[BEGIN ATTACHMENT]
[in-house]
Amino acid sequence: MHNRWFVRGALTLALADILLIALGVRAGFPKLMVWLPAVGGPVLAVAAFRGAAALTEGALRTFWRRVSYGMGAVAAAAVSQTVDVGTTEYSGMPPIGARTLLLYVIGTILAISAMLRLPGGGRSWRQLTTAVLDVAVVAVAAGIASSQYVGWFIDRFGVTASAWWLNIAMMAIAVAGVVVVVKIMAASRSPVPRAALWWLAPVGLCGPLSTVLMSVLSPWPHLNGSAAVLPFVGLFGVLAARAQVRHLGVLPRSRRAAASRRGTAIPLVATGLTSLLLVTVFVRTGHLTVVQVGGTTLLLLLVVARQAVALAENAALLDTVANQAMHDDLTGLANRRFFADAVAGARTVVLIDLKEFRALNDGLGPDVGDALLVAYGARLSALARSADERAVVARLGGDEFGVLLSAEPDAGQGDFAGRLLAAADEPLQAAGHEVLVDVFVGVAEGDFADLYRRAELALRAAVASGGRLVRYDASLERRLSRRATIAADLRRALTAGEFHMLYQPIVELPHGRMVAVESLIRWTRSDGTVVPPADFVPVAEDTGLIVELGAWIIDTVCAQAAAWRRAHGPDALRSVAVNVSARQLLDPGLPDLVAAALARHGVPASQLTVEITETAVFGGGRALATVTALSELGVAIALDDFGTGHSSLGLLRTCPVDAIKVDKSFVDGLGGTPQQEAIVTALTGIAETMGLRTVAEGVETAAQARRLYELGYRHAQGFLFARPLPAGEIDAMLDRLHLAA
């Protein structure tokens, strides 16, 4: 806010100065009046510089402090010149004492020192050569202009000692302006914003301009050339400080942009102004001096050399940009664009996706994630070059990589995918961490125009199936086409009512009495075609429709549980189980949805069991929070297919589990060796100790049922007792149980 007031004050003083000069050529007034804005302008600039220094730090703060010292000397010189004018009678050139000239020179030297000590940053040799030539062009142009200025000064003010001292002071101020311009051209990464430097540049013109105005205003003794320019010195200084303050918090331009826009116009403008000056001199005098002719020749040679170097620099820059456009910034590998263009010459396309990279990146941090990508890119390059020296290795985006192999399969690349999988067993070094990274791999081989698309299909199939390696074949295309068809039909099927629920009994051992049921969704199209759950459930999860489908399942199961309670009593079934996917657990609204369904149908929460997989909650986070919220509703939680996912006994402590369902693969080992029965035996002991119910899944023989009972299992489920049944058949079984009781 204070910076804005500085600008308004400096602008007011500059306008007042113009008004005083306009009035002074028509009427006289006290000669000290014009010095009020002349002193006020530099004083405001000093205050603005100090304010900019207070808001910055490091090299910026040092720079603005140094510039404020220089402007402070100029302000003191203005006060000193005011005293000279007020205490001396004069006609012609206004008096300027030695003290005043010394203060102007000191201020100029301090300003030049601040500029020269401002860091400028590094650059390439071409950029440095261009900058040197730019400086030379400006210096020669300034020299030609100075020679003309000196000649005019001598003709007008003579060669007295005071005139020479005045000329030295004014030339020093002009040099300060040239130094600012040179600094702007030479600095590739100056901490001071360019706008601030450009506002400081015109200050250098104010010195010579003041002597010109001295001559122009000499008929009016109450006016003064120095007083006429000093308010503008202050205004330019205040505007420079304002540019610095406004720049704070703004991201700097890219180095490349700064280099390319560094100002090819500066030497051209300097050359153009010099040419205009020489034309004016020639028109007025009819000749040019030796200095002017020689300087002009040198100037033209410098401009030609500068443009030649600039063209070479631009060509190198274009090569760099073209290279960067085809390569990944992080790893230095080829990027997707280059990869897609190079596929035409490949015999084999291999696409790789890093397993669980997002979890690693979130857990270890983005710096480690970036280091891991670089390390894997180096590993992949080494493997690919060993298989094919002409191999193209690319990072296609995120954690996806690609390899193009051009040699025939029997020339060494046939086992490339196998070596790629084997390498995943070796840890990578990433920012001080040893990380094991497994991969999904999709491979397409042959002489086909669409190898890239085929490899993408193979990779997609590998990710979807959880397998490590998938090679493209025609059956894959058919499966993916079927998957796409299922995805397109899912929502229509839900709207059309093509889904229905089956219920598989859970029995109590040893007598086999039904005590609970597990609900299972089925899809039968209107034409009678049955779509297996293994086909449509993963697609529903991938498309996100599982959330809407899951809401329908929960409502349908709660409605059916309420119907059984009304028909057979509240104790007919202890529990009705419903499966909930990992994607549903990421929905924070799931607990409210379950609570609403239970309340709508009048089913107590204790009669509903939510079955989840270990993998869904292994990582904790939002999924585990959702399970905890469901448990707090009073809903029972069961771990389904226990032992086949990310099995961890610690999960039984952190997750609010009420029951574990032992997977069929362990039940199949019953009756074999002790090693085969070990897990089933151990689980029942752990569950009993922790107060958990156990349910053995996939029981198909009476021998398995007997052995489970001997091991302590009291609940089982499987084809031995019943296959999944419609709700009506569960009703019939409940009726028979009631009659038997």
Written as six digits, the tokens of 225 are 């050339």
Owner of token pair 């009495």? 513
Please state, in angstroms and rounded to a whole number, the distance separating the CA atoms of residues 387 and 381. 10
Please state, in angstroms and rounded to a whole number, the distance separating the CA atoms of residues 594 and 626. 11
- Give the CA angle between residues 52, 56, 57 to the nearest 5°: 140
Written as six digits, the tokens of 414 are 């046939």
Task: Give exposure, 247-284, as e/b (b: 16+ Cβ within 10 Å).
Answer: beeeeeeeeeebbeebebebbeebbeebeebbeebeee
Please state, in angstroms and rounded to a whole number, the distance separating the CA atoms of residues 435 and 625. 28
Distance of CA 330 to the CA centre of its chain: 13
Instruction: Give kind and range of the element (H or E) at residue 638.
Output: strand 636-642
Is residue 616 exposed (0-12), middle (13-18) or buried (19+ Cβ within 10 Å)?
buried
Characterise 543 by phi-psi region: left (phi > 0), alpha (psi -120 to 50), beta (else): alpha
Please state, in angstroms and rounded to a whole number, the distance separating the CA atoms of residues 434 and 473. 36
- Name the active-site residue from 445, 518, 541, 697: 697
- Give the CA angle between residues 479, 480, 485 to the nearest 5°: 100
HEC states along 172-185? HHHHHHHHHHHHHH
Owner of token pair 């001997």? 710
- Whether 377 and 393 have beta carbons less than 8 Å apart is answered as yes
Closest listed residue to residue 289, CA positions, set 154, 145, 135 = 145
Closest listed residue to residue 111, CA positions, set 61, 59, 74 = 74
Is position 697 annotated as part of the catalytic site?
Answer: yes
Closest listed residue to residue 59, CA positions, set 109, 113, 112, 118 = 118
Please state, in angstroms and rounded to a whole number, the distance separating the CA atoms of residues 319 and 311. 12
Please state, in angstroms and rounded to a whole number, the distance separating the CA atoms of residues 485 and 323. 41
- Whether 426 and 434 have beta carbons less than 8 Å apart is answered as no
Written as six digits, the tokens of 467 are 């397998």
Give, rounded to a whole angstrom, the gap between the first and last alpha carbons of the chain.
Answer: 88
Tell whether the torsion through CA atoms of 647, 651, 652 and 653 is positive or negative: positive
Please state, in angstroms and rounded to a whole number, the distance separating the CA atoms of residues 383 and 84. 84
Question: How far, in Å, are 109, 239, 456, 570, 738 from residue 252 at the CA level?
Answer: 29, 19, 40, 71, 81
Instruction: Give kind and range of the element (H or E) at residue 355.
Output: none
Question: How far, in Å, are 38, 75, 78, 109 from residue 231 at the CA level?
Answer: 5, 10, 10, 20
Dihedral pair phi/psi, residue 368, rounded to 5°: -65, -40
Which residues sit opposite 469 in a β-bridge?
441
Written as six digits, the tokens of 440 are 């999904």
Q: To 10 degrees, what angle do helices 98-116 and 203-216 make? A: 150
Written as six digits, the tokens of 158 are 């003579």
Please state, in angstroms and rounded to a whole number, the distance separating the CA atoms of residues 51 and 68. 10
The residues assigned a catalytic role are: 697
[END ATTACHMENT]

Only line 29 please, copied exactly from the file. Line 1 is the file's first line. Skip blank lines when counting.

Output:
Closest listed residue to residue 59, CA positions, set 109, 113, 112, 118 = 118